LINCOLN — Here's a midsummer political quiz: What will Dave Heineman soon have in common with Bill Clinton, Mike Huckabee, Janet Napolitano and Tim Pawlenty?
Give yourself a blue ribbon if you answered: They all chaired the National Governors Association.
Heineman, the 63-year-old conservative Republican known for his preference for McDonald's hamburgers and early bedtimes, is in line to become the association's chairman this Sunday at the group's annual meeting in Salt Lake City. He was named vice chairman at the association's meeting last July.
This will be the first time a Nebraska governor has headed the organization since 1951, when Val Peterson was elected to the position.
The post brings a higher national profile and probably more national media interviews for Heineman, as well as the prestige of being selected the “governors' governor” to push the agenda of the states' chief executives.
But it also allows Heineman to put a spotlight on Nebraska's success in surviving the recession, keeping its economy growing and holding down unemployment to 4.1 percent. That's the second-lowest rate in the country and less than half of the national unemployment rate of 9.2 percent.
The governor plans to make the economy, in particular jobs, his priority issues for his one-year term. The chairman gets to pick one issue to personally highlight, usually an issue in which his or her state has excelled or been especially innovative.
That means Heineman's mantra-like message of holding down spending and reducing taxes to improve the business climate will be heard more frequently on Fox News and CNBC, and not just at Main Street chicken dinners.
“It's going to be a year of showcasing Nebraska,” Heineman said in an interview last week. “It starts with our people — we don't spend money we don't have. Our common sense is something we can showcase and highlight.”
The National Governors Association, founded in 1908, acts as the mouthpiece for the nation's 50 governors on Capitol Hill and at the White House.
The group also studies “best practices” at the state level and develops policy papers on issues ranging from improving failing schools to promoting clean energy and providing homeland security. Heineman's role might lead to a couple of association seminars being held in Nebraska during the next year.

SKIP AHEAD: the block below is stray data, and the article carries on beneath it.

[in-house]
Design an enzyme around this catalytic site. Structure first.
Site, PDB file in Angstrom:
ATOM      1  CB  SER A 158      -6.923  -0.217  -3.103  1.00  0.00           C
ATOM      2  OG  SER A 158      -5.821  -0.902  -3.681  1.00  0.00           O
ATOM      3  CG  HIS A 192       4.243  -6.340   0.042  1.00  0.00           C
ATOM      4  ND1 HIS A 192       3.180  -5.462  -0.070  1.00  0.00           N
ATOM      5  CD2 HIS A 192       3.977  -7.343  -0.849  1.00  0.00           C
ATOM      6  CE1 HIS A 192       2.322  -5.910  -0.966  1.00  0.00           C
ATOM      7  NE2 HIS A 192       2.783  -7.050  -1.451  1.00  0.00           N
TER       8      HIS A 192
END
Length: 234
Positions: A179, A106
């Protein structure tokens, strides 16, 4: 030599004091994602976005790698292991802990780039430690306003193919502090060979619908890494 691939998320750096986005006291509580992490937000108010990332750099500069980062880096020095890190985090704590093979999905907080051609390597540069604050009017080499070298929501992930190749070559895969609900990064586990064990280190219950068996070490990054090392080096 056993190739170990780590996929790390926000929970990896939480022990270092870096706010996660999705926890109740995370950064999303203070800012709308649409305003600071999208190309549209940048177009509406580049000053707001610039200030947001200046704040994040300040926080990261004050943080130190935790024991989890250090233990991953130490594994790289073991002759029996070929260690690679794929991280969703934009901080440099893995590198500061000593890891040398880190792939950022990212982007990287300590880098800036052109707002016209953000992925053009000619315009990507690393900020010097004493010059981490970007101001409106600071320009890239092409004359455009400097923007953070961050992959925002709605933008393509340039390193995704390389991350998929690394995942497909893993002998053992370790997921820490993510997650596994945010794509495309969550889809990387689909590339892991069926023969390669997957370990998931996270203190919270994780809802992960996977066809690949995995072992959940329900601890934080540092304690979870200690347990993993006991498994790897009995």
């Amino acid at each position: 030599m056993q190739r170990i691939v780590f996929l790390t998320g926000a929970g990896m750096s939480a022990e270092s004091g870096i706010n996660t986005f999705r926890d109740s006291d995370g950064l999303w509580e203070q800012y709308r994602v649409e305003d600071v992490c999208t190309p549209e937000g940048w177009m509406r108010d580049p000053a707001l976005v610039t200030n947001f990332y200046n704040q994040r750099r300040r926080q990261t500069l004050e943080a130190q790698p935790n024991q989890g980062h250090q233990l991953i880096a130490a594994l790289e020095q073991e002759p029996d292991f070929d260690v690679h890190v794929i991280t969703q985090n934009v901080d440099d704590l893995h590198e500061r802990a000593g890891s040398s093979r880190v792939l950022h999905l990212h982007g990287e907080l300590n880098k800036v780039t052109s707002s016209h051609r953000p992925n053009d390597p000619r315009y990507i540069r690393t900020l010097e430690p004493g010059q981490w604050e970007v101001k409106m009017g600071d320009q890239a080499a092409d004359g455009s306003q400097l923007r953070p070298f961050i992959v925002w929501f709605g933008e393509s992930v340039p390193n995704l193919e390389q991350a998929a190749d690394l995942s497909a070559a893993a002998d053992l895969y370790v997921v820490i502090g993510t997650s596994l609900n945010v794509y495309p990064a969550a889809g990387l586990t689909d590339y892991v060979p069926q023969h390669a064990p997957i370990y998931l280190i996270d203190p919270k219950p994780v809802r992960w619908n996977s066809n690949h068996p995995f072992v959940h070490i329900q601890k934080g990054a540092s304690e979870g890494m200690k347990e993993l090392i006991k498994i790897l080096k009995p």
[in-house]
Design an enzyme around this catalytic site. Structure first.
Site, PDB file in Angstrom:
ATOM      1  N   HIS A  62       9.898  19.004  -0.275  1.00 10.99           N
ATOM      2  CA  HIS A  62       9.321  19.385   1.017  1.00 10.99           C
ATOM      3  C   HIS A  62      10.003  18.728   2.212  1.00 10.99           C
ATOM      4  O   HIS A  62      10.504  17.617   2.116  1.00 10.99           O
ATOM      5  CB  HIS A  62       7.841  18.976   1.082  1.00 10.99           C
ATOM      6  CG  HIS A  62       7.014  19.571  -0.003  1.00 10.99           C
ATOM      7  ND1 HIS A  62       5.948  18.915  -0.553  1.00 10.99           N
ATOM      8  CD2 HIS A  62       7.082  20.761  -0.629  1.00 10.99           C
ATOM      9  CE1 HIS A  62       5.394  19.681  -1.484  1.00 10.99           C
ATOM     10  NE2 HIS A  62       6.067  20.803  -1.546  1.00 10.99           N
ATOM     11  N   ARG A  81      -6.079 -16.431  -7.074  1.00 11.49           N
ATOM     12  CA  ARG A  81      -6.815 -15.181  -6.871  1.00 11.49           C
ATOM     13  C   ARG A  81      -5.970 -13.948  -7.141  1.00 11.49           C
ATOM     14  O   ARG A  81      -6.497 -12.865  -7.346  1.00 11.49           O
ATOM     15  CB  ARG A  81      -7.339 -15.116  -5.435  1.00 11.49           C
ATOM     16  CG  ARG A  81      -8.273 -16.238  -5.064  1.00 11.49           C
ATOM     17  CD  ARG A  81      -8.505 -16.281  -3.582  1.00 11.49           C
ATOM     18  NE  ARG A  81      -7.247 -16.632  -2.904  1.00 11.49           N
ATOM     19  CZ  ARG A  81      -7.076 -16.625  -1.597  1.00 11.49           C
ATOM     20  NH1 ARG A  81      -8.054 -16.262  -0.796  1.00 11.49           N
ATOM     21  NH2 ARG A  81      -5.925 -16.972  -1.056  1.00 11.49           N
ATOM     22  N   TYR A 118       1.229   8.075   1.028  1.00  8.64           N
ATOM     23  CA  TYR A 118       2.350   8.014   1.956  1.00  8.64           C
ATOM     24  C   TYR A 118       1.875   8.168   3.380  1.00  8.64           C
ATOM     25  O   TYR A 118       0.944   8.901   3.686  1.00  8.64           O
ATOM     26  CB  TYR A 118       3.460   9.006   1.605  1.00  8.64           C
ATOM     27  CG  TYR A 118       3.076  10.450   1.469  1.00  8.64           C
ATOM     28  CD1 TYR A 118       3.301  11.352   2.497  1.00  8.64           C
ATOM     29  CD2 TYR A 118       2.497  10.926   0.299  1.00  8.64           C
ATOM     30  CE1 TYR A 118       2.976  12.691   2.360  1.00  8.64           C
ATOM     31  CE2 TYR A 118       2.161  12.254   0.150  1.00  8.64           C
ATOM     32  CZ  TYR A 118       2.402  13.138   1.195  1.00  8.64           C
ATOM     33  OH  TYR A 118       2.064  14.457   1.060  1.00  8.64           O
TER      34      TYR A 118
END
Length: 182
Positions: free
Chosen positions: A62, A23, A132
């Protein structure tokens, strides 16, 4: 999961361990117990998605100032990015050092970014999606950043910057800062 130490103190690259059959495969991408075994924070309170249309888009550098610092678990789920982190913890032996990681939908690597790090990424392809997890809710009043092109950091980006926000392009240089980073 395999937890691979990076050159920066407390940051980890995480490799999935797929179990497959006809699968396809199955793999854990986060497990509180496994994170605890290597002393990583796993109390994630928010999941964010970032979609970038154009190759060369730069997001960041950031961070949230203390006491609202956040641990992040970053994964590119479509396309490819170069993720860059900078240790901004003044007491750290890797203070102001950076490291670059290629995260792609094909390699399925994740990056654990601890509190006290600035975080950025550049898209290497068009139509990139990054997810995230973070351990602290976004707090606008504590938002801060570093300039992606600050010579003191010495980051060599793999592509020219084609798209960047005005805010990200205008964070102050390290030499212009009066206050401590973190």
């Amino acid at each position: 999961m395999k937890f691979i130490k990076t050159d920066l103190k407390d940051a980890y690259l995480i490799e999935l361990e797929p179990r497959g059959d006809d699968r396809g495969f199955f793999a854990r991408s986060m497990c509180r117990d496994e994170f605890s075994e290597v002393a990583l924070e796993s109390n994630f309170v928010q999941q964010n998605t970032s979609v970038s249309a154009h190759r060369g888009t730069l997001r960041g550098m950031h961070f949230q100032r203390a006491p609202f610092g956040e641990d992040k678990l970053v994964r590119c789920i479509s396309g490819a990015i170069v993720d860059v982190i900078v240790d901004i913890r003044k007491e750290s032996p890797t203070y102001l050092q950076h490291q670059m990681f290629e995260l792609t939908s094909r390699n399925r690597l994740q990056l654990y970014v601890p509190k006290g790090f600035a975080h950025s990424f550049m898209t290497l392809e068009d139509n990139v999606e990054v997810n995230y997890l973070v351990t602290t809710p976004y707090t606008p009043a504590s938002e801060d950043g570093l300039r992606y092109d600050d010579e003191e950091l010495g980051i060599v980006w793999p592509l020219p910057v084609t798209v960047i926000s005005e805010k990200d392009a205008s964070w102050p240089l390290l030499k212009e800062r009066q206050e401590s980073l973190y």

“It's prestigious, certainly, to lead the policy priorities of the nation's governors. He certainly will get his phone calls returned by people who live on Pennsylvania Avenue,” said Jennifer Duffy, a senior editor of the Washington, D.C.-based Cook Political Report.
Clinton, a former five-term Arkansas governor, is the only association chairman to become president.
But the chairmanship has been held by several presidential candidates, including Minnesota's Pawlenty and Arkansas' Huckabee.
Napolitano is now the U.S. Secretary of Homeland Security after serving as Arizona's governor.
Other former chairmen have moved on to posts in the Capitol, such as former Attorney General John Ashcroft and former White House Chief of Staff John Sununu.
Iowa has had two chairmen in recent decades: current Gov. Terry Branstad in 1989-90 and former Gov. Robert Ray in 1975-76.
The “cream of the crop of governors” rises to the chairman's position, according to Chris Peterson, who was former Gov. Mike Johanns' press aide.
“This is not a circumstance where you just get in line and wait. Your colleagues recognize that you have the ability to lead. It's a prestigious accomplishment,” Peterson said.
The job is nonpartisan, alternating between Democrats and Republicans. In some respects, the chairmen might have to watch their political speech a bit because they represent governors of both parties.
But Heineman could have an indirect role in the 2012 presidential race, Peterson said, by helping frame the national debate through media interviews and the selection of association issues and speakers.
“More people are going to pay attention to what he has to say,” Peterson said. “It definitely raises Dave Heineman's profile and allows him to step onto the national stage. The question is what he makes of that.”
Such a post would open doors for national fundraising for say, a run for U.S. Senate.
But Heineman turned down such a run last year, saying he already had the best job in America and preferred to be an executive who can make policy rather than a freshman in the nation's most exclusive club.
Around the State Capitol, some have speculated that the chairmanship will raise Heineman's profile for a possible Cabinet post if a Republican is elected president. In three more years, Heineman will leave office because of term limits, after serving a state-record 10 years.
But the governor said flatly last week that he wasn't interested in a Cabinet post.
“If I wanted to go to Washington, D.C., I could be running for U.S. Senate right now,” Heineman said.
Duffy, the D.C. political writer, said that it's too early to talk about possible vice presidential picks and that seems unlikely that a governor from a small, reliably Republican state would be nominated. But who knows?
“Someone's going to need a running mate,” she said.
Heineman, a keen political observer and an early supporter of former Massachusetts Gov. Mitt Romney, said he doesn't expect to get that call.
“We don't even know who the nominee is,” he said.
His new post with the governors association will bring extra work and travel, but Heineman said his top focus will remain leading the state.
He said the national position will help him “market” Nebraska's improving business and tax climate and maybe land a new business for the state.
“All of these relationships help,” Heineman said. “Here's what I hope: It's going to put a spotlight on Nebraska as a state that does it the right way.”
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